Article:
There are so so many different ways they could have handled this campaign … beautiful, inventive, charismatic ways … ways that could have made someone think twice about the darkness of the tube or the traffic jamming experience of the bus … ways that would have given the Thames Clipper a personality that out charmed even TFL … but no, instead they went with a poster of an old, white male who looks like he works in the city using a quote that says absolutely nothing about the experience in places where you are literally miles from being able to engage with it even if you wanted to.

Thank God I’m not here tomorrow, because I need a lie down.



Aspirational Averageness …

This is kind of an addition to the post I wrote a week or so ago.

You see I recently read a business magazine and almost every article – and I mean EVERY article – had a story about a company that was obviously trying to position themselves as ‘against the ordinary’.

Now while I appreciate anti-ordinary can be manifested in many ways, I couldn’t help but think that all the brands featured were selling products that were the epitome of ordinary.

Now there’s absolutely nothing wrong with that.

Ordinary is both misunderstood and underrated which is why I think it would be great if a company actually embraced and celebrated that’s what they did … however in the context of the companies featured in the magazine, they were suggesting that what they did elevated them beyond all comparison.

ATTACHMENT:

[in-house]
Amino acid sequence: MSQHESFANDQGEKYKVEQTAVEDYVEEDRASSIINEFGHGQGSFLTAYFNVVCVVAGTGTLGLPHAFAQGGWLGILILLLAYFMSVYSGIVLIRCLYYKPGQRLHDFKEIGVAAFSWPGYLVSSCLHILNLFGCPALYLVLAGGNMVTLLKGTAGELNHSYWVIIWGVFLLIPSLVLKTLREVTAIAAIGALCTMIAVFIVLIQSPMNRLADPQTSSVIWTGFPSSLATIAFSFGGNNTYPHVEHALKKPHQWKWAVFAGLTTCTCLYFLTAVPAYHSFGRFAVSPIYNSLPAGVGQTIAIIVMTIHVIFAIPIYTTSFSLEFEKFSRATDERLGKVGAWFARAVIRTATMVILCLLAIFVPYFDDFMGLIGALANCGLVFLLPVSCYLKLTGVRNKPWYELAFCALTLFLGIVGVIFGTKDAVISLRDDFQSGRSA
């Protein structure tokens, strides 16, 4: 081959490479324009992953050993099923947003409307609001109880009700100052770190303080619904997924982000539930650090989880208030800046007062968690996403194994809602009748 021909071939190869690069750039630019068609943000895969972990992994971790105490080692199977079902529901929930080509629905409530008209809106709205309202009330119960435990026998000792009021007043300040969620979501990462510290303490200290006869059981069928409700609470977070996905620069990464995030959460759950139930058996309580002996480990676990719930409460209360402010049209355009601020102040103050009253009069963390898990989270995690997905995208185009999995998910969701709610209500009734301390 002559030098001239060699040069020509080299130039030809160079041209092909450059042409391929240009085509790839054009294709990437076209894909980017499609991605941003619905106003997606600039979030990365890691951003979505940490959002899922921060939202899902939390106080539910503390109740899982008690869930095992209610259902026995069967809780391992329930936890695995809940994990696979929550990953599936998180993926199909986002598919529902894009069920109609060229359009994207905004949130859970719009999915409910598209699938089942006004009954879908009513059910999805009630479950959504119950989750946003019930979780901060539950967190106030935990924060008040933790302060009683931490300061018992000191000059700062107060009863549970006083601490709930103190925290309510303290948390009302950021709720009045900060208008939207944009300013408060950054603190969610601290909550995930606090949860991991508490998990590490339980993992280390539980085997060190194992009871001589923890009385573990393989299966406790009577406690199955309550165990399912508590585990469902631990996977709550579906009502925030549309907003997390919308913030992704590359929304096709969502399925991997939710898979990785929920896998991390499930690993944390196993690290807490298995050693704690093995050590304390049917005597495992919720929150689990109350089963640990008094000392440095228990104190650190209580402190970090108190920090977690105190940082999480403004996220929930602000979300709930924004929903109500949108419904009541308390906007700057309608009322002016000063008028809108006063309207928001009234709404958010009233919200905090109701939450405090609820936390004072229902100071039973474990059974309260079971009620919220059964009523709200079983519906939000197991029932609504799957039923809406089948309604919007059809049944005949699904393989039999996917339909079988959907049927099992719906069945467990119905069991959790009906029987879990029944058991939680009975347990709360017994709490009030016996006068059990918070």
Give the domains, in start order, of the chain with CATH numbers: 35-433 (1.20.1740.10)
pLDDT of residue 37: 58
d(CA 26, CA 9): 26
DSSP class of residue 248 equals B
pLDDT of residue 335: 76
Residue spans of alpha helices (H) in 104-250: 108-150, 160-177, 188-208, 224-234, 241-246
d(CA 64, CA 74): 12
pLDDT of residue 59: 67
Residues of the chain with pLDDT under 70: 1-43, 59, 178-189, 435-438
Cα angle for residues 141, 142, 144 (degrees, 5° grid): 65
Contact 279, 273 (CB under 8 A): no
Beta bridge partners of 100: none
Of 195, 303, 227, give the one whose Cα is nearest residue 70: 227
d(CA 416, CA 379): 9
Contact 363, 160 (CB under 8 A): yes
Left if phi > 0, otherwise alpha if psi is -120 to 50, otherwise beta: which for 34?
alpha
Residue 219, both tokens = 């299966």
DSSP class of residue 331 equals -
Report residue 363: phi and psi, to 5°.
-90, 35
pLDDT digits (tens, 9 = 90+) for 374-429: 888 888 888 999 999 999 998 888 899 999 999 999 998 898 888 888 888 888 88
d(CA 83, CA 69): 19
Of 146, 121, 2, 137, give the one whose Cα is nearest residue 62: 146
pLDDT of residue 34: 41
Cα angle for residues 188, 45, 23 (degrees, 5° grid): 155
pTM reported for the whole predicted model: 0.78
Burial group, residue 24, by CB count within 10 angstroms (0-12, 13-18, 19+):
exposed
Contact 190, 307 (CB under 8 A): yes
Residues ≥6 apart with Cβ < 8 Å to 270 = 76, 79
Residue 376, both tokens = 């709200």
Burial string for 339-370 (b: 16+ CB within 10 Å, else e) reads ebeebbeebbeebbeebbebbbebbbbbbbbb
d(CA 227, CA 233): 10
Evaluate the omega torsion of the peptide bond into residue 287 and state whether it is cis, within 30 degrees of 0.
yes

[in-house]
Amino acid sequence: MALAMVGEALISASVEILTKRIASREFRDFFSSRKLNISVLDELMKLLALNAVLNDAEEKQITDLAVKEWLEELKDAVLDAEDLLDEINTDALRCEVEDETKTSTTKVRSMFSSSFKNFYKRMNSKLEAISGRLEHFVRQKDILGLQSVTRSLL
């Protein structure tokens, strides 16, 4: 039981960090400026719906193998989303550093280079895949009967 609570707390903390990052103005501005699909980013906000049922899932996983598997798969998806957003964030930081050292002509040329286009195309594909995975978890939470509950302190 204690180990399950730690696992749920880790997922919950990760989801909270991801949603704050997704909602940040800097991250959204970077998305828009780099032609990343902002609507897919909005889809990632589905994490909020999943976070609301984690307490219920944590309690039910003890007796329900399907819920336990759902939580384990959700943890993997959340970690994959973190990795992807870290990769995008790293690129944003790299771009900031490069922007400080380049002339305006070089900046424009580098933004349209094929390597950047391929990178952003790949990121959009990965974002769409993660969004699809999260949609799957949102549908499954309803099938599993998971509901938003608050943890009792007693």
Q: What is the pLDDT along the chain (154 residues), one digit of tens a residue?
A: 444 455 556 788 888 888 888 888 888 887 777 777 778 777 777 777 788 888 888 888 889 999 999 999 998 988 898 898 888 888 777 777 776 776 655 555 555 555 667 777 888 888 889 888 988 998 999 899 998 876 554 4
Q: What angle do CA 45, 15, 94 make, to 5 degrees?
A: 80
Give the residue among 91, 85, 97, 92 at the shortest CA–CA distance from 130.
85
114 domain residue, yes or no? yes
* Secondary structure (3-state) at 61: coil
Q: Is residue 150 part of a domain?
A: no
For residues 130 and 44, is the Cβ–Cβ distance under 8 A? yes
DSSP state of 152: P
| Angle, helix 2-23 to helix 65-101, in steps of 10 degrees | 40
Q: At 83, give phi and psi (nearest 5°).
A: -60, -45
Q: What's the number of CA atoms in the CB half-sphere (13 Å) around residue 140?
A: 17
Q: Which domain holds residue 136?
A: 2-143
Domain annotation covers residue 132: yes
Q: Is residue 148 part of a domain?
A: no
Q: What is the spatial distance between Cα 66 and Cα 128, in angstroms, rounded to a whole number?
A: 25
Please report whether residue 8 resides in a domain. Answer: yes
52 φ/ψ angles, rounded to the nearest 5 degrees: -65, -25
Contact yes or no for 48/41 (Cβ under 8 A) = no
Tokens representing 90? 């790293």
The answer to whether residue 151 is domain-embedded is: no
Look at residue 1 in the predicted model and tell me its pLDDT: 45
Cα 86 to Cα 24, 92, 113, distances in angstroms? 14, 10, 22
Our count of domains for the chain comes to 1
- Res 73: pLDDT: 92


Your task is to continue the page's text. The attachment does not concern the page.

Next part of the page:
I get why they would want to do this.

I get the commercial value of being seen to do this.

But if you’re going to claim it, your products and brands should demonstrate it and in the great majority of the companies featured in the magazine, the absolute opposite was true.

There are probably a ton of reasons for this.

From the ego of management to the job protection strategies of the people below them to the revenue fear of the agencies they work with … but that still doesn’t escape the fact the stuff they made was about as bland as a beige Volvo.

To paraphrase that old joke, isn’t it disappointing the people who know how to create extraordinary products and brands decided to end up making beige and boring instead.